CBS THIS MORNING co-hosts Norah Donnell, Charlie Rose and Gayle King broadcast live from CBS Super Bowl Park at Jackson Square in the heart of the historic French Quarter in New Orleans, La. 2013

CBS THIS MORNING co-hosts Norah Donnell, Charlie Rose and Gayle King broadcast live from CBS Super Bowl Park at Jackson Square in the heart of the historic French Quarter in New Orleans, La. 2013

“On Halloween you know who we were?  He was Charlie Rose, she was Norah O’Donnell, and I was Gayle King. And we had a great time that day,” said the co-anchor of “CBS This Morning” during a panel for their show at the recent Television Critics Association Winter Press Tour .

The perennial third place finisher after NBC’s “Today” and ABC’s “Good Morning America” is steadily gaining ground on the competition, and King says it’s because their program staked its claim early as a more news-driven alternative.

“This is the thing that I like so much about morning TV, is that there really is something on morning news for everybody, whatever your taste is,” she said.

Below, Oprah Winfrey’s BFF says “CBS This Morning” has settled into the perfect mix of being both fun and informative – without venturing into cheese.

Co-anchor of CBS This Morning, Gayle King attends "For the Love Of Our Children Gala" hosted by the National CARES Mentoring Movement on January 25, 2016 in New York City.

Co-anchor of CBS This Morning, Gayle King attends “For the Love Of Our Children Gala” hosted by the National CARES Mentoring Movement on January 25, 2016 in New York City.

Meanwhile, Variety caught King on the red carpet of the National Cares Mentoring Movement’s inaugural “For the Love of Our Children” gala in New York on Monday evening.

Guess what issue she was asked to discuss?

“It’s very encouraging to see already that people are speaking up in Hollywood. People know there is a problem and I think most people want to fix it. So I remain very optimistic,” King said regarding the #OscarsSoWhite issue. She’s the latest in a long list of African American celebs asked to comment. “I think Ice Cube said it really well. He said, ‘I’m disappointed, but I’m not discouraged.’ And that’s exactly how I feel. You can’t get discouraged. Change doesn’t come without being discouraged.”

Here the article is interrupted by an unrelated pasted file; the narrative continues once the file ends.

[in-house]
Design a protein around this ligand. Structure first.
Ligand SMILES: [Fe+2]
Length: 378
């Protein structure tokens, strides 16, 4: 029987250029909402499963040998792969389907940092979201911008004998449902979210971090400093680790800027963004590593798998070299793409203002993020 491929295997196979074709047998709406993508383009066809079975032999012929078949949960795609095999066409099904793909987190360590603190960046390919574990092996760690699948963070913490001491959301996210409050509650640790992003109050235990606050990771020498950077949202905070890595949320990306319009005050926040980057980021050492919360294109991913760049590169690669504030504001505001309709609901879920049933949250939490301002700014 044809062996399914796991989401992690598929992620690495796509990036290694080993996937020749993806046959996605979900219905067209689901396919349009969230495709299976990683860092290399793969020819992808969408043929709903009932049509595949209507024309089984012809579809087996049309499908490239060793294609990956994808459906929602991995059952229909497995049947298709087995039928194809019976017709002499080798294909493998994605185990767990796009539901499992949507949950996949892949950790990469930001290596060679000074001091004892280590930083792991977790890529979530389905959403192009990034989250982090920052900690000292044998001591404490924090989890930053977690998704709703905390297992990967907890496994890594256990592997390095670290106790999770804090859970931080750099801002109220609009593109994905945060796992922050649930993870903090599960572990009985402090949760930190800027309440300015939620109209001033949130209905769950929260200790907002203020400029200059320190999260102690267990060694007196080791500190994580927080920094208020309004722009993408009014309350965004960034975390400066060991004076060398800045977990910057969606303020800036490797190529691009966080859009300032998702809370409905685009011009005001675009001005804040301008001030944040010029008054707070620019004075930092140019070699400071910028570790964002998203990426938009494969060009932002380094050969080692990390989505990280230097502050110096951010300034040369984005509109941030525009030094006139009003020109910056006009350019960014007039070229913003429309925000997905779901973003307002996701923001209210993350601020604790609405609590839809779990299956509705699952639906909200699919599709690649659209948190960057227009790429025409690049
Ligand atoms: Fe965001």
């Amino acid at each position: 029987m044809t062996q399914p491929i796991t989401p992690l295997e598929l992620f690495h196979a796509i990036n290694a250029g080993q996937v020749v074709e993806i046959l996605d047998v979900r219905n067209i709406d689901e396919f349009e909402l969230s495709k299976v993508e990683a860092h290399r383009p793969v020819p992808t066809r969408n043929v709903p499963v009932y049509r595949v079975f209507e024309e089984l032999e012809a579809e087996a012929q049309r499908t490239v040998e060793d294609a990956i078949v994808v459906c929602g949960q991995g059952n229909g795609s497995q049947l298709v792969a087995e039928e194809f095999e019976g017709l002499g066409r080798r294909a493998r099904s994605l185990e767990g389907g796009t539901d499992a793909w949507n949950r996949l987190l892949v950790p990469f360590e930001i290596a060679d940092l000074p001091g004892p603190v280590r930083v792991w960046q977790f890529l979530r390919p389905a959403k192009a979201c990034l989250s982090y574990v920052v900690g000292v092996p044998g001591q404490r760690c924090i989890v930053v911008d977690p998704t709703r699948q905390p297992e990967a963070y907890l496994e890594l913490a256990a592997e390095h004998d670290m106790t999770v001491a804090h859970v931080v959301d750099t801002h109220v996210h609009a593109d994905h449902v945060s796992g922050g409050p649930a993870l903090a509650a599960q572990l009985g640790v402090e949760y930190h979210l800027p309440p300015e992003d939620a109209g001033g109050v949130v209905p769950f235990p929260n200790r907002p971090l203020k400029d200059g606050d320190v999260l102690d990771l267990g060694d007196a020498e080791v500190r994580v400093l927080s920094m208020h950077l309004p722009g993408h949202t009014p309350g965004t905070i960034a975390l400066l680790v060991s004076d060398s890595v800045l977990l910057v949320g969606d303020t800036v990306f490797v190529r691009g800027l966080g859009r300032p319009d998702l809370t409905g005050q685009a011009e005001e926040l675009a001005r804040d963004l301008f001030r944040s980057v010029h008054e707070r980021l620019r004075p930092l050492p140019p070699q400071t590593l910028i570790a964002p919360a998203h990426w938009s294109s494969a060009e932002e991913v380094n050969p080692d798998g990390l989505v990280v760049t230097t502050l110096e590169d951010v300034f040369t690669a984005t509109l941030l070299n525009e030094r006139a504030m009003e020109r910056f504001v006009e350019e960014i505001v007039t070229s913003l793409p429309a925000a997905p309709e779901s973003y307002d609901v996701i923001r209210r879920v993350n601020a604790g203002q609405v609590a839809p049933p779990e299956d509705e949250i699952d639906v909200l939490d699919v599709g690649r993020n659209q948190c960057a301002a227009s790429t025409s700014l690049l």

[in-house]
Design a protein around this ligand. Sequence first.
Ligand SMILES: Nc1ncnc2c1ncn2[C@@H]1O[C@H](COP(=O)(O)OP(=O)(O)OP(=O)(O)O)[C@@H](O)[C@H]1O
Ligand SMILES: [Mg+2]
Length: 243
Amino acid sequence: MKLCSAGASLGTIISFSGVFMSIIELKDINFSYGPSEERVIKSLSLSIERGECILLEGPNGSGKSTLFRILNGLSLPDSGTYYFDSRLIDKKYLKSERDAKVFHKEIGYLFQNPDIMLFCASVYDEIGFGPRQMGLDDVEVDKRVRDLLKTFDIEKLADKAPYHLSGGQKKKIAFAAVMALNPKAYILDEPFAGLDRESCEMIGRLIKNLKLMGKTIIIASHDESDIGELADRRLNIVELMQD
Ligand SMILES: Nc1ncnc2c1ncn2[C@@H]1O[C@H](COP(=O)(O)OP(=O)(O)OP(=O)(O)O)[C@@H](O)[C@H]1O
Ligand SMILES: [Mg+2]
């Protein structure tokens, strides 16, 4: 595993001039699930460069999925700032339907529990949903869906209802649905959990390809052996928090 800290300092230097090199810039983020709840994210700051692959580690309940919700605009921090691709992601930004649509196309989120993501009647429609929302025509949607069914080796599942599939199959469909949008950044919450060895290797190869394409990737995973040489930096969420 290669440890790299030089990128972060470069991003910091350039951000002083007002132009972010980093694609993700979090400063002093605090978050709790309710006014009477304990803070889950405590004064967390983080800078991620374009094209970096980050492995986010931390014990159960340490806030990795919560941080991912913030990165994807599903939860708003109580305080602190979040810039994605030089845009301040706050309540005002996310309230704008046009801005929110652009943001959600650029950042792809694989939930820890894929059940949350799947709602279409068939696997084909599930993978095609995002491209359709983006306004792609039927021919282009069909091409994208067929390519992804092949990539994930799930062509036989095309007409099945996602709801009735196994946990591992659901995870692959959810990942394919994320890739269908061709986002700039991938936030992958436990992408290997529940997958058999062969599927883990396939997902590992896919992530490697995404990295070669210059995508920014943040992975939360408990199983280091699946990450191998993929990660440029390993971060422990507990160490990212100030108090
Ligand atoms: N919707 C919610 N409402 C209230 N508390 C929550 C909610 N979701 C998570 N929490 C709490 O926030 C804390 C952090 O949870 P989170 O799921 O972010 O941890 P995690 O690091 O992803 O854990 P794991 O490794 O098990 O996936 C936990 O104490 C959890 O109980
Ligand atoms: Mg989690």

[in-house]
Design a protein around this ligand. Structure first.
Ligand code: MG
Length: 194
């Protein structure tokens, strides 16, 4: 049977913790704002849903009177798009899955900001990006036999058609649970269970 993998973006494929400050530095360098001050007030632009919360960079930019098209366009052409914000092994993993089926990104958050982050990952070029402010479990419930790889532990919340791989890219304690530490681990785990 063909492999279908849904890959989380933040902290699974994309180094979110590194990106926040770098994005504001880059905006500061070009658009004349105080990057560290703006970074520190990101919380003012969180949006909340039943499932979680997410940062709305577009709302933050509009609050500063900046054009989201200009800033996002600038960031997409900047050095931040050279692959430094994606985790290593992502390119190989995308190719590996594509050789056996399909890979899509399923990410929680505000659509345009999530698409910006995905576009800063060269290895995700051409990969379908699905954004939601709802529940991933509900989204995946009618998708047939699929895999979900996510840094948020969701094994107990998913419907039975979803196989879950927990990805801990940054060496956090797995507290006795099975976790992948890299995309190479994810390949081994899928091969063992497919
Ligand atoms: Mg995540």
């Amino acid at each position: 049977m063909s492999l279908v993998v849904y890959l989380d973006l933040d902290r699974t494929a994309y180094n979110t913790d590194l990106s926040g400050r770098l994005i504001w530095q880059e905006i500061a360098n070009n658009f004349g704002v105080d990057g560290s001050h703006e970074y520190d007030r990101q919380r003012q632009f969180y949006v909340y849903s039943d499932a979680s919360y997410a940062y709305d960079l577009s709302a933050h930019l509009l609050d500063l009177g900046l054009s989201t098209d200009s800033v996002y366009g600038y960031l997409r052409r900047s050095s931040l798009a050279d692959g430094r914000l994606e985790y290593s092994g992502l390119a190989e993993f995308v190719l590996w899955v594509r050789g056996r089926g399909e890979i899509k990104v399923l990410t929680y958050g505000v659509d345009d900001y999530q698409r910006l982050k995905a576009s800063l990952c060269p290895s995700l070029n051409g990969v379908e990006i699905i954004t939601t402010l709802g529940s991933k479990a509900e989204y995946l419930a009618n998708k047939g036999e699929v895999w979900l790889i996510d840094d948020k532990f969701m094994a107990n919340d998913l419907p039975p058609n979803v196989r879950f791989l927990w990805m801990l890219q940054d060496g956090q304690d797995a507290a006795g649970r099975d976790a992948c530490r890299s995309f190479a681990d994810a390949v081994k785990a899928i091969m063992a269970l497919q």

Asked if she would boycott the Oscars if nominated, “It’s a personal decision to go or not to go, but I believe that it’s important to show up,” said King, 61. “The problem with the Oscars is bigger than the Oscars, bigger than the nominations. It really is a systemic problem. But, if I were nominated, I would be there. I don’t know if boycotting is the way to send the right message. I want them to know that we are here, we care and changes need to be made.”

As for pushback suggesting that no African American performances were worthy of a nomination this year, King begs to differ. “I saw a lot of possibilities of people that could be nominated,” she said. “If you look at a lot of the movies, there were a lot of options. So, it just shows to me that we have a lot of work to do in Hollywood.”